by Derk Bil
previewed on PC
Spark to a flame
Gamescom provided us with an excellent opportunity to go hands-on with ArmA III and spend some time with the people responsible for its creation. I’m glad to admit that my gaming heart started beating faster seeing a realistic First Person Shooter again. Playing ArmA III, I drifted back to the early days of PC gaming when games like Delta Force sparked a flame that only ArmA games have managed to rekindle.
ArmA III takes place in the not too distant future of 2035 and the demonstration zoomed in on Stratis a tiny island in the Aegean Sea facing an Iranian invasion. Tiny is relative though, as moving about on foot on a 25 square kilometer island makes it feel huge. And that’s just Stratis, Limnos will be approximately 200 times larger. And when you deem defending the islands to be a daunting task, you will also have to defend their skies and the waters surrounding them.
In the nightwatch
Some of the missions that you will play you will be by your lonesome while others require you to team up with other specialists. In a group, the dynamics of going out into the wilderness change quite dramatically. Squad members increase your enemy-spotting abilities which can be a big help attempting to outflank them so that you can get the drop on them instead of the other way around. The comms will fill with chatter as soon as a ‘Tango’ has been spotted and it will last until your squad leader gives the ‘all clear’ signal when he believes all hostiles to have been eliminated. Be advised though, that one or two strays may still populate the area and surprise you, so even after the signal has been given, it may not be the best moment still to start chasing butterflies and roll around in the (realistic looking) foliage again.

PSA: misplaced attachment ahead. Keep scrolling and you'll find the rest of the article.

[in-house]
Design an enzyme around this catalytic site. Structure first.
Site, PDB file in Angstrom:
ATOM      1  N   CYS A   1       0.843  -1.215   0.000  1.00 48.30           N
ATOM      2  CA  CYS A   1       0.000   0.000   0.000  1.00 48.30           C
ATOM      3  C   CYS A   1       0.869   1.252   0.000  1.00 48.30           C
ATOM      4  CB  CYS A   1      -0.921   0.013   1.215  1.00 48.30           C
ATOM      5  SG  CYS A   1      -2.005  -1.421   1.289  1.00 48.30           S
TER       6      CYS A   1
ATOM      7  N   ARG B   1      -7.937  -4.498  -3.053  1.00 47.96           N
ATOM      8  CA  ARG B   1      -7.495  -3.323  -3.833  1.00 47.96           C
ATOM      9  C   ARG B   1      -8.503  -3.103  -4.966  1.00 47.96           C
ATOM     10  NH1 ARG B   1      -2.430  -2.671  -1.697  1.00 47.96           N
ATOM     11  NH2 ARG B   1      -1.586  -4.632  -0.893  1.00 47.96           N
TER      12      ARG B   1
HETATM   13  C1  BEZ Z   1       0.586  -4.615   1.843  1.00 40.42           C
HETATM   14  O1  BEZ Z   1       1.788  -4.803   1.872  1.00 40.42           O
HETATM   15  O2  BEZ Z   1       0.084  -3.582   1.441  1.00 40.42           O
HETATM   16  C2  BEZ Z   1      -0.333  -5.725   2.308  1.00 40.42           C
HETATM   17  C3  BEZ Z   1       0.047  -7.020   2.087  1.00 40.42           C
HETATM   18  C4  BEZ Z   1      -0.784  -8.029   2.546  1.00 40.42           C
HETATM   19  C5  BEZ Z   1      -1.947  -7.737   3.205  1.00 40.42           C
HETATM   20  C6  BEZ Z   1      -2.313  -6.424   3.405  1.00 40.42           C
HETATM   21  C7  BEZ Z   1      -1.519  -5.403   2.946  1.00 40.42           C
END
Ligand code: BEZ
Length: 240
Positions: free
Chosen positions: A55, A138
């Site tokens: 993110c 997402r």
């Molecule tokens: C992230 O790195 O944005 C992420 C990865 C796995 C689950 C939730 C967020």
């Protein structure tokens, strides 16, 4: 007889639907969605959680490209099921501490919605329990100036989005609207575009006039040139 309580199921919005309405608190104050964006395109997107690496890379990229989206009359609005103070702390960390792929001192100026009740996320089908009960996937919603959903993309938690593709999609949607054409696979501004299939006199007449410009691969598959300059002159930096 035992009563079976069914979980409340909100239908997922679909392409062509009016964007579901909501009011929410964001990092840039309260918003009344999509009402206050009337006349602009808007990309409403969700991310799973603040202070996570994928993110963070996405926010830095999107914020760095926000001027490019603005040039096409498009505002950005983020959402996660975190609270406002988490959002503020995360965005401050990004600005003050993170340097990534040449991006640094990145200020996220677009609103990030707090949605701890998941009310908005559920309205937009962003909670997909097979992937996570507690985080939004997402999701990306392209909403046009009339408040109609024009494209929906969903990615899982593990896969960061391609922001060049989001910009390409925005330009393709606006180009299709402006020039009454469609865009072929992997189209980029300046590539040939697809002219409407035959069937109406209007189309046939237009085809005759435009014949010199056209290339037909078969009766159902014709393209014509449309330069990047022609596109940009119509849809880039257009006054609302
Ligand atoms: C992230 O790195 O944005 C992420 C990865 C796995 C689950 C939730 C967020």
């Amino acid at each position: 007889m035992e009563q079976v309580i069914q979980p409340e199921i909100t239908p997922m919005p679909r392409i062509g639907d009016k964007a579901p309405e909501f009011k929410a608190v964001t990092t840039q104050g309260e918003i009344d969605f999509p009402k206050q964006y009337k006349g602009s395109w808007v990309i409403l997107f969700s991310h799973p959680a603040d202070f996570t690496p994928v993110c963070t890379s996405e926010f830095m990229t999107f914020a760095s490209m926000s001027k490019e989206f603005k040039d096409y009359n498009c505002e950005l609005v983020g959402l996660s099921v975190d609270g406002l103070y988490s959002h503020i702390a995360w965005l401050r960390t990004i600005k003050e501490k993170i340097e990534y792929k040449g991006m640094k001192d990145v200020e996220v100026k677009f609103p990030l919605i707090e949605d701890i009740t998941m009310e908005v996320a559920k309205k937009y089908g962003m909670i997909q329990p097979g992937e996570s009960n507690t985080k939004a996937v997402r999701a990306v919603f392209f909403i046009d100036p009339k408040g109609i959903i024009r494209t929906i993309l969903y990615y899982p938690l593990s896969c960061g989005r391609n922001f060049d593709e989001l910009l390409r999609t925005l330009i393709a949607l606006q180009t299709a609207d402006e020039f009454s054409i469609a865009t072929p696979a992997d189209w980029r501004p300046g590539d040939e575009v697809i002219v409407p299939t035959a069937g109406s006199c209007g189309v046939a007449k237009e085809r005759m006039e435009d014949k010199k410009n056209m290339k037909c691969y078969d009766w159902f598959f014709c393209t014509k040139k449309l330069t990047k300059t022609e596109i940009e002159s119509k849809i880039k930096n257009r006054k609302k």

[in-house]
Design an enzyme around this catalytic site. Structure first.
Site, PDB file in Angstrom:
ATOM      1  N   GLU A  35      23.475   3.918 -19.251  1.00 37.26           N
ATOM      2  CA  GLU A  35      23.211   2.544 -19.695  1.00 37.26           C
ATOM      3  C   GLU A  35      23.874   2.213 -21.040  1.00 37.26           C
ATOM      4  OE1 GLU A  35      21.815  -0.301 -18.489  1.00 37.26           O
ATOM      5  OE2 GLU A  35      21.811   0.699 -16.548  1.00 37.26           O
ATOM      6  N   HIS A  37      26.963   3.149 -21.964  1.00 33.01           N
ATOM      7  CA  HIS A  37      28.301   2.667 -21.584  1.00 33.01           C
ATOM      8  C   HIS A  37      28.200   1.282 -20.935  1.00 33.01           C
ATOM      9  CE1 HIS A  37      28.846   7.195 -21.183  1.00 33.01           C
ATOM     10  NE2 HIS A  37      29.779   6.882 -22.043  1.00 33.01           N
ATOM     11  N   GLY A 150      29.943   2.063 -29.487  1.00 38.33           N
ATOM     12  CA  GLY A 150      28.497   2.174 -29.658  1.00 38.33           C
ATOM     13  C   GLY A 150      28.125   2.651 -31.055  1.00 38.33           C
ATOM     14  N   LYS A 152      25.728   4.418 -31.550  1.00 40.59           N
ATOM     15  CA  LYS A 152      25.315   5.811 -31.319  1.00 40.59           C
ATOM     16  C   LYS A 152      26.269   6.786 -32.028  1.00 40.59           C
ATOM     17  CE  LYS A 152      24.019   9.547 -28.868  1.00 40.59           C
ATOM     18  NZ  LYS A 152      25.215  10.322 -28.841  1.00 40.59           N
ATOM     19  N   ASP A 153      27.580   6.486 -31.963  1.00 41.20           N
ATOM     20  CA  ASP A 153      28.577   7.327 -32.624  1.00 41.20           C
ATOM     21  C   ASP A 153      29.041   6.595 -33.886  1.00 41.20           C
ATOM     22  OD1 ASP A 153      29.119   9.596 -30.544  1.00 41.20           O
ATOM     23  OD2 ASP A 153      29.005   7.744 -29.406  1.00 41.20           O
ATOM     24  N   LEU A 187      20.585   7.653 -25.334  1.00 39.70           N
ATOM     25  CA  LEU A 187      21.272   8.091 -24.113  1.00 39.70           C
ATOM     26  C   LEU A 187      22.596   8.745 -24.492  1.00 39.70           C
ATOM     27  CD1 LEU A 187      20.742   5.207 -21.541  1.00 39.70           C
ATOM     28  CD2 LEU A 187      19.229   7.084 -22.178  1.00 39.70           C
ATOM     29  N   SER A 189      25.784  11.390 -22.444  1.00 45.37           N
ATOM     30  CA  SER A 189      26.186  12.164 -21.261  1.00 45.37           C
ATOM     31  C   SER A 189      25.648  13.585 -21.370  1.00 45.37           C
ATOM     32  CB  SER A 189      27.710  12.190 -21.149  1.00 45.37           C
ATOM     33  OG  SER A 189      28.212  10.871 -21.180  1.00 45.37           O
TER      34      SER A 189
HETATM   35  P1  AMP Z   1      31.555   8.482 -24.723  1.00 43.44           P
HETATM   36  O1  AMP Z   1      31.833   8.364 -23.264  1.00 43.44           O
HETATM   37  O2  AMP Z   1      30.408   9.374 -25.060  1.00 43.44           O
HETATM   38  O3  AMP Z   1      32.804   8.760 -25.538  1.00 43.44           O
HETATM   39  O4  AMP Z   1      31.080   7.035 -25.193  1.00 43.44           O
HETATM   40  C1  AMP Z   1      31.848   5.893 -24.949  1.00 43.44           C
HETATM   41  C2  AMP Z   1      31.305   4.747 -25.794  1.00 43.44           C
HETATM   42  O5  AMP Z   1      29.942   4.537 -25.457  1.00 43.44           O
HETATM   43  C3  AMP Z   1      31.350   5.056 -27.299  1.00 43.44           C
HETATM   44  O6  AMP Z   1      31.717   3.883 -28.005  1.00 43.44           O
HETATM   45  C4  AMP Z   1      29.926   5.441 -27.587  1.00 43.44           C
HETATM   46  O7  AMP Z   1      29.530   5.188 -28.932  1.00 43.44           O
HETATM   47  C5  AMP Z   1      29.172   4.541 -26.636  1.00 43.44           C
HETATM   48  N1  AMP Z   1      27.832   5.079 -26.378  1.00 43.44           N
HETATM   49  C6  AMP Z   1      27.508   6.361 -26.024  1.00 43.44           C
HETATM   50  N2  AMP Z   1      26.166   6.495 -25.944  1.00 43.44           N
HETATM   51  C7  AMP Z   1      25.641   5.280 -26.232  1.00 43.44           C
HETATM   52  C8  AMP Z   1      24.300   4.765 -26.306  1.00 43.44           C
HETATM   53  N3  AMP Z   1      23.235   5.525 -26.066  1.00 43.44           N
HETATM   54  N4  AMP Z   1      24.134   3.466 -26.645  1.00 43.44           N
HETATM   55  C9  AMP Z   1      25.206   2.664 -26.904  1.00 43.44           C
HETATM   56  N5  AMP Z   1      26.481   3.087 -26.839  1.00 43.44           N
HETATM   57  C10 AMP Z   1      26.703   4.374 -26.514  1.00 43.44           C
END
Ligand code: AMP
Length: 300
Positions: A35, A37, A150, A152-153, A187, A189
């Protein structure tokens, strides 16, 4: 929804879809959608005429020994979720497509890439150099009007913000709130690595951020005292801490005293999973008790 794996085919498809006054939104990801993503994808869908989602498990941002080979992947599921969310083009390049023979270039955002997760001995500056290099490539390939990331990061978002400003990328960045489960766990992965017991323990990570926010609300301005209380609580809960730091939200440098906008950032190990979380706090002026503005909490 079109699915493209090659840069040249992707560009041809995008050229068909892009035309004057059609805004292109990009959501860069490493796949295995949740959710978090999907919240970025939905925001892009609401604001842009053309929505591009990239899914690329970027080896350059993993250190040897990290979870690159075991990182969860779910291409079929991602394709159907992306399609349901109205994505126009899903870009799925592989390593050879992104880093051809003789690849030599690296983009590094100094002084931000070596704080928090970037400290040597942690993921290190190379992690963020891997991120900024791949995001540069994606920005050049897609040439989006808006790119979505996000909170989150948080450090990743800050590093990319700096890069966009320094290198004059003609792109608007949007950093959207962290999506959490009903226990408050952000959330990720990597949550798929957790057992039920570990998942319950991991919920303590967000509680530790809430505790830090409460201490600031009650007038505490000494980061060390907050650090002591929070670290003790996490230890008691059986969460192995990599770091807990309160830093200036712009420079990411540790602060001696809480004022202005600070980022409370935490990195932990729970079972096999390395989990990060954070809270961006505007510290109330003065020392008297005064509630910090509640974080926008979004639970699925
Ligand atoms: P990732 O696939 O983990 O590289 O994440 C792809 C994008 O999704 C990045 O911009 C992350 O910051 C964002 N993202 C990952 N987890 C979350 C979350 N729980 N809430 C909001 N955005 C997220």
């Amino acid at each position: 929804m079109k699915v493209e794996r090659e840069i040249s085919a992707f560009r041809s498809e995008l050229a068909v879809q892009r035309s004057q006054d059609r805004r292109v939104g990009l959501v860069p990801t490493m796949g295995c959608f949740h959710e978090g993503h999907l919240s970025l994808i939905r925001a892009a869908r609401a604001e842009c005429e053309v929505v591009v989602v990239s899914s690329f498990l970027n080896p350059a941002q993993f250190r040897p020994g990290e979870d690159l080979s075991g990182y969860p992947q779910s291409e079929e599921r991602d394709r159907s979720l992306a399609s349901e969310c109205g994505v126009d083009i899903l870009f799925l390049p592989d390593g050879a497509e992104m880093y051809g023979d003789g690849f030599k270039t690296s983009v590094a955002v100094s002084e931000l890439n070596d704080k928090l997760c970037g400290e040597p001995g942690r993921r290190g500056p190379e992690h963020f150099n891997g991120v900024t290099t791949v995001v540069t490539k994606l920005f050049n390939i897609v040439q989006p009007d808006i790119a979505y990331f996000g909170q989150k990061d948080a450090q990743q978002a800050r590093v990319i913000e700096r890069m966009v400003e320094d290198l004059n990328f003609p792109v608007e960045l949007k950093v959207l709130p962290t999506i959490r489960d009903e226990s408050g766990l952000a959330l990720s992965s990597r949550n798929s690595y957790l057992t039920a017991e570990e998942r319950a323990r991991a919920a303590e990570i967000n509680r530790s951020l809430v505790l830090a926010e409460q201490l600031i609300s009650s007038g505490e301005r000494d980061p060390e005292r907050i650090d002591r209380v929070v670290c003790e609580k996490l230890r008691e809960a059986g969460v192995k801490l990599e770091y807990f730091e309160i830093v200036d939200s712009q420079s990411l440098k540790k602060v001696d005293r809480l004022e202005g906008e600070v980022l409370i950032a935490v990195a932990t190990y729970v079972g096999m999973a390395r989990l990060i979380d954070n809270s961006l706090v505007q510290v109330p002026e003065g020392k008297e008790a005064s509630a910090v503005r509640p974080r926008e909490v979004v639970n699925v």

Visibility during the night is ok, but ok just doesn’t cut it if you want to stay alive. Putting on your night vision goggles will drastically improve your vision. Such tools proved wasted on account of me having the attention span of a goldfish. The environments are so life-like that a stroll through the foliage became something of a fun adventure of exploration and discovery than a mission to find dangerous foes and stay alive. The shadows cast by the full moon especially where mesmerizing, offering a distraction of the wrong kind when there are bad men with guns patrolling the area. You can guess what happened next.
Painting the town red
One fun pastime is using a laser rangefinder to flag enemy targets so that they can be taken down by your forces. Peering through the infrared enhanced camera of the rangefinder, you can see which vehicles have been stationary and which have been recently used due to the warmth of the tracks or tires and engines still emitting a stronger heat signature.
Deciding which target needs to go first is step one, deciding how it needs to go is step two. Rockets are extremely visible and especially so during nighttime when smoke trails reveal their point of origin a little too easily. The tradeoff however, is the fact that a great number of rockets can be fired off in a short time frame. Alternatively somewhat less dramatic looking shells can be fired off as well but these have the drawback that the rate of fire is far lower, adding some risk that the first short does not take out your intended target and losing the element of surprise.